Dolly is back with a 12 track Album that is near perfection! There is not one track I would want to skip!!! 1 - Better Get To Livin' - First single, uplifting, upbeat and fun, true Dolly and a classic! 2 - Made Of Stone - True sad Dolly song shining through! 3 - Drives Me Crazy - A song that will be in your head for days, very poppy and perfect for the radio! 4 - Backwoods Barbie - The Dolly song we have been waiting for, a true reflection on her looks and person! 5 - Jesus & Gravity - Truly uplifting and inspiring, this is easily one of my favourite tracks, you will have it on repeat! 6 - Only Dreamin' - We get a climpse of the Little Sparrow CD style on this track, very mellow and engaging! 7 - The Tracks Of My Tears - Bit like Made Of Stone, typical country, nice little tune, that builds up to Dolly's amazing vocals! 8 - The Lonesomes - Piano, Jazz style, Dolly truly shines through vocally, takes a musical side that she hasn't on many occasions before! 9 - Cologne - Easily another stand out track, all about Dolly being the person the guy is having an affair with, clever lyrics, with a catchy tune that just builds and builds! 10 - Shinola - Bit like Cologne, Dolly comes through rough and ready for a fight! She uses some strong language for what we are used to with miss dolly, with one point a BLEEP is heard! 11 - I Will Forever Hate Roses - A typical sad Dolly song, country style! 12 - Somebody's Everything - A song that most people can relate to, a perfect ending to the album, inspires and uplifts! Overall the album is uplifting and leaves you wanting to put it on repeat all day!!! Dolly fans everywhere have to have it in thier collections!!!

Dolly back in country classic

I realise itunes crib their reviews from other publications but they really ought to be choosier. Saying Dolly was hardly ever Patsy Cline is needlessly offensive. Dolly is to country music what Aretha is to soul or Tina Turner to rock n roll - the dictionary definition of a great singer. This first straight country album in nearly 20 years continues Dolly's trend of mixing carefully selected covers ( Smokey Robinson's Tracks of My Tears, a hoedown version of FYC's She Drives Me Crazy) and newly penned classics. Of the new Parton songs, Backwoods Barbie and Cologne are the standouts for me - the former a reflection on her own persona to be featured in the upcoming 9 to 5 musical, the latter a typical Parton story song that has you sympathising with the mistress more than any track since Nina Simone's The Other Woman. Nine years since The Grass Is Blue signalled Dolly's storming return she remains near the very top of her game. I said at the start she's up there with Aretha and Tina but on reflection she might be ahead - I can't think of any singer of her generation who is making such consistently fine music (and that includes Dylan and Springsteen).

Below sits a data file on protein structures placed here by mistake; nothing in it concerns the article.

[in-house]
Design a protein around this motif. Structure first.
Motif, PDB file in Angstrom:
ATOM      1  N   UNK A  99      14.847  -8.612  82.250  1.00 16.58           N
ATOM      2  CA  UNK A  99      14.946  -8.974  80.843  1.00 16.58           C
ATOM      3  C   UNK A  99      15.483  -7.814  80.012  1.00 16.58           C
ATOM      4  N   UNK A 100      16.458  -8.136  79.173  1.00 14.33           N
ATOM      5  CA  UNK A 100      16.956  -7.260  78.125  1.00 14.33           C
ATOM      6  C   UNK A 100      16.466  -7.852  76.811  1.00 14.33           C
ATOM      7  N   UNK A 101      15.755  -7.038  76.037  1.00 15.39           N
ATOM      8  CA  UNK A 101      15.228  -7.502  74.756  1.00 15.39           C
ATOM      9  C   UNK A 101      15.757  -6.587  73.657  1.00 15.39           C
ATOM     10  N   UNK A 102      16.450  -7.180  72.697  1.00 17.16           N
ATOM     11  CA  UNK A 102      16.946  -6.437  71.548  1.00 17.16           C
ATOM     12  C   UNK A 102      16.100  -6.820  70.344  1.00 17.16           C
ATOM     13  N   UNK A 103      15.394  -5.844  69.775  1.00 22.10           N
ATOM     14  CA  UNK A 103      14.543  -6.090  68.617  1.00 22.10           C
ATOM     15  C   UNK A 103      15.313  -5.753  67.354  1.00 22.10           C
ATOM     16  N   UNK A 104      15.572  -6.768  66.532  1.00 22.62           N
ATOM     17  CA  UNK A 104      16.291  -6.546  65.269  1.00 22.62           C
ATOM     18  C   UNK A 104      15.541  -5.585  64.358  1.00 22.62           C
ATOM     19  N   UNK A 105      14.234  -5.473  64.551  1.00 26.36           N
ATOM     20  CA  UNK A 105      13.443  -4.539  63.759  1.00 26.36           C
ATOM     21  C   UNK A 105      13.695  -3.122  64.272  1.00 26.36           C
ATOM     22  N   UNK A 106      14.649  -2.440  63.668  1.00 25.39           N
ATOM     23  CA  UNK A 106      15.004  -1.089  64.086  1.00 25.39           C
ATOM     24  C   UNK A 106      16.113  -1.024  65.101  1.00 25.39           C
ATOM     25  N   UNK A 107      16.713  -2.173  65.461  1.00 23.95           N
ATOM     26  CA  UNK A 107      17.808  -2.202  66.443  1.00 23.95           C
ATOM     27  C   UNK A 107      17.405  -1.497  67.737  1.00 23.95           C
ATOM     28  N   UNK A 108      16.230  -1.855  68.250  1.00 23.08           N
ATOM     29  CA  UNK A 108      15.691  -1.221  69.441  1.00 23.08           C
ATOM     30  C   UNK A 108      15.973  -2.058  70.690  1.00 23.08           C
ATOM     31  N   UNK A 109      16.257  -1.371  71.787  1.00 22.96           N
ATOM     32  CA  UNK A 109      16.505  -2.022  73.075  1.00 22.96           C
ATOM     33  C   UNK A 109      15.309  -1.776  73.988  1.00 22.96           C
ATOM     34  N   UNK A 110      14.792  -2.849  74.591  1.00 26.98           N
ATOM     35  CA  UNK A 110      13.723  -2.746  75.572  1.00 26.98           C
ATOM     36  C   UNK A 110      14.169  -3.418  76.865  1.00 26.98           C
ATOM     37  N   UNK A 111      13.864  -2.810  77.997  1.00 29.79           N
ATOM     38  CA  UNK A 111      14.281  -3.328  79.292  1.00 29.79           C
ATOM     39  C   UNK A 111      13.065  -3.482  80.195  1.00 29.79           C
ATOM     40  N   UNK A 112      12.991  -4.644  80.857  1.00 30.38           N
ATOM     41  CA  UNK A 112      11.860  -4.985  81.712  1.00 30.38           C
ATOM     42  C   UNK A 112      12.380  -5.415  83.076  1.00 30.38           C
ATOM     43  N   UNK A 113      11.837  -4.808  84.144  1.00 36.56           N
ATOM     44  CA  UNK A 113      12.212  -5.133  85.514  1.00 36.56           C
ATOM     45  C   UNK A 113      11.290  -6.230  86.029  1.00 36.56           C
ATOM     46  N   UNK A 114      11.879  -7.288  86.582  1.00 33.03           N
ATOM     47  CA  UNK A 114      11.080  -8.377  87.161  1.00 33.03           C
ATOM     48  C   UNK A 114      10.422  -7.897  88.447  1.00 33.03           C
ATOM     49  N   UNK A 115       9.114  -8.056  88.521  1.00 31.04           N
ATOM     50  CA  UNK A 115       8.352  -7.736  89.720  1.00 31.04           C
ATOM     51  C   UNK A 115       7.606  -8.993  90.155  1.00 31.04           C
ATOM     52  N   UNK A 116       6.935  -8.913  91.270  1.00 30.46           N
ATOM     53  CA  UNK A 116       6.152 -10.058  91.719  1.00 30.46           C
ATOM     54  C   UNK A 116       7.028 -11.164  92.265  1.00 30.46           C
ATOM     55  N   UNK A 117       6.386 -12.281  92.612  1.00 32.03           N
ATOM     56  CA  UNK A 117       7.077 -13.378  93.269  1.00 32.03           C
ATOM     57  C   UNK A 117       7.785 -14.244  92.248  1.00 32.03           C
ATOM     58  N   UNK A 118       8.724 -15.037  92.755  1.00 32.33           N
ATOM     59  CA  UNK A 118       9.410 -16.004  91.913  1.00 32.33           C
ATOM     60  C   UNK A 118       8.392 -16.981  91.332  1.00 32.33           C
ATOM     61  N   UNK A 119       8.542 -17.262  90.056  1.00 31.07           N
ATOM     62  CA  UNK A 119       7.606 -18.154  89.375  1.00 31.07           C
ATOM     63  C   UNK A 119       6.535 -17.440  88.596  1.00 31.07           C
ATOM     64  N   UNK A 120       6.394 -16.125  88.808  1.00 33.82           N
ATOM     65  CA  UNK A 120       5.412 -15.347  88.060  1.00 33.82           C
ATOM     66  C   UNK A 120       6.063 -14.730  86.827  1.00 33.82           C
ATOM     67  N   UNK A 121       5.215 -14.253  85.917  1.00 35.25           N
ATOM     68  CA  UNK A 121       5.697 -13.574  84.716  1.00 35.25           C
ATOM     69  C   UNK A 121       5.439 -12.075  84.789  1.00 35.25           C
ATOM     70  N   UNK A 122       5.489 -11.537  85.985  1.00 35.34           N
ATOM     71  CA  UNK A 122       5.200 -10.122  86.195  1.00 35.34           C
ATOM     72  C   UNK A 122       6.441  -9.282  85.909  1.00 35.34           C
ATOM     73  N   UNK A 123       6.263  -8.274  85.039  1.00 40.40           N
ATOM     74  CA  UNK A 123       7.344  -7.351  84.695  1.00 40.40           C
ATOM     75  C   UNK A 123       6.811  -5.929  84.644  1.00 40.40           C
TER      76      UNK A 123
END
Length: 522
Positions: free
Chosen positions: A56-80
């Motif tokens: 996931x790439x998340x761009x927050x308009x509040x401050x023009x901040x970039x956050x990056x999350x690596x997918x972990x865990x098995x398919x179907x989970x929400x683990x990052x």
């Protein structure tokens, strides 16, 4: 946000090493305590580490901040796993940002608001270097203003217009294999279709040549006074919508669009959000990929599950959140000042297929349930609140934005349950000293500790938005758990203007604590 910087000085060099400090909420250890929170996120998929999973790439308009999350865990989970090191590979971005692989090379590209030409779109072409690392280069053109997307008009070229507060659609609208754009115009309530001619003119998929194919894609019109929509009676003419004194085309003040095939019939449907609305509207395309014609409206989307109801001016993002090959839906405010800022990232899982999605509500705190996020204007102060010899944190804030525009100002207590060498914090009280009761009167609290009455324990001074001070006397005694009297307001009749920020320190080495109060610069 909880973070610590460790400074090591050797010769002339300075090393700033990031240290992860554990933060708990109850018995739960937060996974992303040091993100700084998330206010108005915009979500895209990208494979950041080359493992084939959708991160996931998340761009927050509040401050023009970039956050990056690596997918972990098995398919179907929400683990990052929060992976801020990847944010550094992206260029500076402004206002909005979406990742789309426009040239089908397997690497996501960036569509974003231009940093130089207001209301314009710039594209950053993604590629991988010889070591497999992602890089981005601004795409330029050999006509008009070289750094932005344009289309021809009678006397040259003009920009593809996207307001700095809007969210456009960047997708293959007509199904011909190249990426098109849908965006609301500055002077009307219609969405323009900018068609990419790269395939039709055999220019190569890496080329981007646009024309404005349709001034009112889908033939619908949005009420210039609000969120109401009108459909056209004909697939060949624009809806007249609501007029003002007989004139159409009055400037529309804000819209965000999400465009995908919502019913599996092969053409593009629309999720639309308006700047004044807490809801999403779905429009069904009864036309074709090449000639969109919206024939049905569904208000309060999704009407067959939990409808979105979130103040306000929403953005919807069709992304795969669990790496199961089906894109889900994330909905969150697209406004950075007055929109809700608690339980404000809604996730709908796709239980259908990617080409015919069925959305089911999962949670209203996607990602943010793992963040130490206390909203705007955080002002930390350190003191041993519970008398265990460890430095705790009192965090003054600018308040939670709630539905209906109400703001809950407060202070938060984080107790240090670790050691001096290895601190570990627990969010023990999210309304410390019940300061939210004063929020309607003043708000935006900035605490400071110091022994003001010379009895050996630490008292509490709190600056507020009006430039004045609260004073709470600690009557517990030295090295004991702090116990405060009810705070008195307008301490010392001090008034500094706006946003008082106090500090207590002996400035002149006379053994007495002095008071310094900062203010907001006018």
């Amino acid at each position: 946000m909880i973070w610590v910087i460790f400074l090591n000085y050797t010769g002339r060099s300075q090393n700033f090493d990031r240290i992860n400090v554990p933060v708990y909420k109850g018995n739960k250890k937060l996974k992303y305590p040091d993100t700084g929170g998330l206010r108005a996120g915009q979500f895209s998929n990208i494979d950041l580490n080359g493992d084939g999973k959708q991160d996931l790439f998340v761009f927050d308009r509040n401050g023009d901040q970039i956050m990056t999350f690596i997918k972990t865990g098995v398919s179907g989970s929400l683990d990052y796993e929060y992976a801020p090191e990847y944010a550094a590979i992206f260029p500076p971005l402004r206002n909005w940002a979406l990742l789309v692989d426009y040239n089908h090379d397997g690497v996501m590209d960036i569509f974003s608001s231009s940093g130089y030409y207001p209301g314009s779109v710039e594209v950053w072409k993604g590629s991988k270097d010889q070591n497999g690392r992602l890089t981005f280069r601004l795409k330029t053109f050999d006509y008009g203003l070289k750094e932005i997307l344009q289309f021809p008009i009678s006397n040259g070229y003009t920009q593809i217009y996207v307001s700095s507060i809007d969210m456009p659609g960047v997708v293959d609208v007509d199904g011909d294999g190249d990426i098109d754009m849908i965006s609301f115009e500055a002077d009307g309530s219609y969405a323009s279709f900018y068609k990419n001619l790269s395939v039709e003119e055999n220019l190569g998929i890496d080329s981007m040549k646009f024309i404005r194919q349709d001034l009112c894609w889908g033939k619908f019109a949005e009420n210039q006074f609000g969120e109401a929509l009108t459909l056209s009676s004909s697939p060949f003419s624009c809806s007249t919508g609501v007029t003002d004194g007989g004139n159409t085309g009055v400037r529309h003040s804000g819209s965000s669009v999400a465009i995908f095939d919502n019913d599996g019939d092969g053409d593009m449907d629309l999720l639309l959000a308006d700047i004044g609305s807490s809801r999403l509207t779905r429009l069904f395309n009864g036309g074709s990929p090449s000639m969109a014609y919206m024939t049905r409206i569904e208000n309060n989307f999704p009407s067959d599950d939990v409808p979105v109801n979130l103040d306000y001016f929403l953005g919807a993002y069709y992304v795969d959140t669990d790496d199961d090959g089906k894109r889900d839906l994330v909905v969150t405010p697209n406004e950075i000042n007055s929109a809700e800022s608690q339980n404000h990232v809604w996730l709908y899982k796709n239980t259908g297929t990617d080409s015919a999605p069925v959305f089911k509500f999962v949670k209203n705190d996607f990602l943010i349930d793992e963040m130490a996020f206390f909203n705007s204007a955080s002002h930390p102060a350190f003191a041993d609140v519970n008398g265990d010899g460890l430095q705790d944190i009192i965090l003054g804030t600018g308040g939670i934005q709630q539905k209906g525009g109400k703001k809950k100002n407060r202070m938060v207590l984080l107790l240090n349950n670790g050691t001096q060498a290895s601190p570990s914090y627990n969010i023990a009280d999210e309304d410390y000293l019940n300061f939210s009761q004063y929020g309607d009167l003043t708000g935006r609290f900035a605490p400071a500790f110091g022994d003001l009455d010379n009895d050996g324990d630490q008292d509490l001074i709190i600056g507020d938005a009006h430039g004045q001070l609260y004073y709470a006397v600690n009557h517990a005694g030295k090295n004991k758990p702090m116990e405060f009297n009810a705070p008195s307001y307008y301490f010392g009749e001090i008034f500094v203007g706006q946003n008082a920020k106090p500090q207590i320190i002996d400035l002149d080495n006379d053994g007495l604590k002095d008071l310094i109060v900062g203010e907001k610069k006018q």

Beautiful and Relaxing

Wow is the words that comes to mind. Beautiful songs, even the covers are amazing. A fantastic lady!


Born: 19 January 1946 in Locust Ridge, TN

Genre: Country

Years Active: '50s, '60s, '70s, '80s, '90s, '00s, '10s

It's difficult to find a country performer who has moved from her country roots to international fame more successfully than Dolly Parton. Her autobiographical single "Coat of Many Colors" shows the poverty of growing up one of 12 children on a rundown farm in Locust Ridge, Tennessee. At 12 years old, she was appearing on Knoxville television; at 13 she was recording on a small label and appearing on the Grand Ole Opry. Her 1967 hit "Dumb Blonde" (which she's not) caught Porter Wagoner's ear, and...